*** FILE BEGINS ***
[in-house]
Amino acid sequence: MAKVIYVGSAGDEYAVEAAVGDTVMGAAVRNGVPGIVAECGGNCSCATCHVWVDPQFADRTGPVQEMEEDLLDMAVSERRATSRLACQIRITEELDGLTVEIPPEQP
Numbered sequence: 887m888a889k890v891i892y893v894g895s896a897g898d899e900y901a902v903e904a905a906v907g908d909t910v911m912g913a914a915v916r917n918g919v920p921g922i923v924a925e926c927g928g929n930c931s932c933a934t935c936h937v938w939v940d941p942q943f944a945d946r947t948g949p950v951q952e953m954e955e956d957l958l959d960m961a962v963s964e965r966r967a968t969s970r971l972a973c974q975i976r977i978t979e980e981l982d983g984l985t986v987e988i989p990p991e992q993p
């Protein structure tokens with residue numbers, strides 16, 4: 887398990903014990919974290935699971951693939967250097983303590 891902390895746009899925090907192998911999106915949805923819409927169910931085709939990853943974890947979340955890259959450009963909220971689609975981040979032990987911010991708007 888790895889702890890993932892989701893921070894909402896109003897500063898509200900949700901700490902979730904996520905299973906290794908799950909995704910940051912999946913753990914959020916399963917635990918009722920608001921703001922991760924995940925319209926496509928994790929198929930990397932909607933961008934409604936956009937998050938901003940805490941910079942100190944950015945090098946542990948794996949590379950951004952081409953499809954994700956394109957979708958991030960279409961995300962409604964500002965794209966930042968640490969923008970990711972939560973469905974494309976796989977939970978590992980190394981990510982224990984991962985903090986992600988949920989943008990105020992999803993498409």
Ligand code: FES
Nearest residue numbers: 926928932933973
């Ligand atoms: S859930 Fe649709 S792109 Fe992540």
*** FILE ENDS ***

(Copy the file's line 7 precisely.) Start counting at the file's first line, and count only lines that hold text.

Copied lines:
């Ligand atoms: S859930 Fe649709 S792109 Fe992540």